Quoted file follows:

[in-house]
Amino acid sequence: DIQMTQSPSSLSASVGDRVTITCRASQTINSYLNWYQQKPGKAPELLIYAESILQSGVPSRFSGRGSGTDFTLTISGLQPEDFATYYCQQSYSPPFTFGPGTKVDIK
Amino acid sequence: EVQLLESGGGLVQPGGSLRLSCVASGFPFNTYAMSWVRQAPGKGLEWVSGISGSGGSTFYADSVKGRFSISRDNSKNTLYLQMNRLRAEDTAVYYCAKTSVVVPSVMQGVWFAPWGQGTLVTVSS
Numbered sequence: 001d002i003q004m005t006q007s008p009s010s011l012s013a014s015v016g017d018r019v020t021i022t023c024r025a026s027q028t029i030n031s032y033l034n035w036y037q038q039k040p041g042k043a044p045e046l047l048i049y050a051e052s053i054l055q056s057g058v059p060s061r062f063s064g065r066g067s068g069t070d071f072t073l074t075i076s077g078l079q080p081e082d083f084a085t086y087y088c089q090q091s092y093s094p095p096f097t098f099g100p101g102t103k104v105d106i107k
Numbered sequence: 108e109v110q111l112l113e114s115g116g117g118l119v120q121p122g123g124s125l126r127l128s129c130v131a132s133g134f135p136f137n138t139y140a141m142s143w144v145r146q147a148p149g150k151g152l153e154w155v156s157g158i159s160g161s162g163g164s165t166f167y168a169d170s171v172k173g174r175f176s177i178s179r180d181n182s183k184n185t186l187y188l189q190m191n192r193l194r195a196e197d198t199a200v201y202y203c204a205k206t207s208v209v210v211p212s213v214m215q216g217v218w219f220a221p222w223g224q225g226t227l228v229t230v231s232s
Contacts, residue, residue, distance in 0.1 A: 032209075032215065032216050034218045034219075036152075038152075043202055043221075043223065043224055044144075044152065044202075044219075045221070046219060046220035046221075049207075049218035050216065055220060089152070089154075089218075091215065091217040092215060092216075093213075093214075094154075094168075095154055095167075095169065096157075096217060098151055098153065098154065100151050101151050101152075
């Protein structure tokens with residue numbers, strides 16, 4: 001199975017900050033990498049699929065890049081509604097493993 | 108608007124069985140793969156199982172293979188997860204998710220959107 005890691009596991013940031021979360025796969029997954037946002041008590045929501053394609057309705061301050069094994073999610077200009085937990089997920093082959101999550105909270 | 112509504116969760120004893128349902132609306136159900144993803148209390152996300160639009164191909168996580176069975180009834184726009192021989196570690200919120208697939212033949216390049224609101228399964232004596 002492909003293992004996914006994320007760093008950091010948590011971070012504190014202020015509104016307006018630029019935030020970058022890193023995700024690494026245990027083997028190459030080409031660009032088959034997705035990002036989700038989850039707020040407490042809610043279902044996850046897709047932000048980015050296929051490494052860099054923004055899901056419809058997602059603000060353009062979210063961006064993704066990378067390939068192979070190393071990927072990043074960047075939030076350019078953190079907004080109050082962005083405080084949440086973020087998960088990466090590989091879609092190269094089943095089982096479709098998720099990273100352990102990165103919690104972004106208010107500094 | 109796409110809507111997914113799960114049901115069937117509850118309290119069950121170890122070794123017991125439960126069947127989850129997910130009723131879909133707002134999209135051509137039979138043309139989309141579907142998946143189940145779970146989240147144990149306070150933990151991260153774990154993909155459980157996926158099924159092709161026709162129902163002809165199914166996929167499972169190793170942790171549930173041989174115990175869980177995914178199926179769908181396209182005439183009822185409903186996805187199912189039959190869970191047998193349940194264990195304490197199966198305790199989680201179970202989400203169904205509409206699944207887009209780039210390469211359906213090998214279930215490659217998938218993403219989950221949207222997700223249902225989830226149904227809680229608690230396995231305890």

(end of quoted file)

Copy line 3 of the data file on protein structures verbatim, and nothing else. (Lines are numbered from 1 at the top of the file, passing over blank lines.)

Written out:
Amino acid sequence: EVQLLESGGGLVQPGGSLRLSCVASGFPFNTYAMSWVRQAPGKGLEWVSGISGSGGSTFYADSVKGRFSISRDNSKNTLYLQMNRLRAEDTAVYYCAKTSVVVPSVMQGVWFAPWGQGTLVTVSS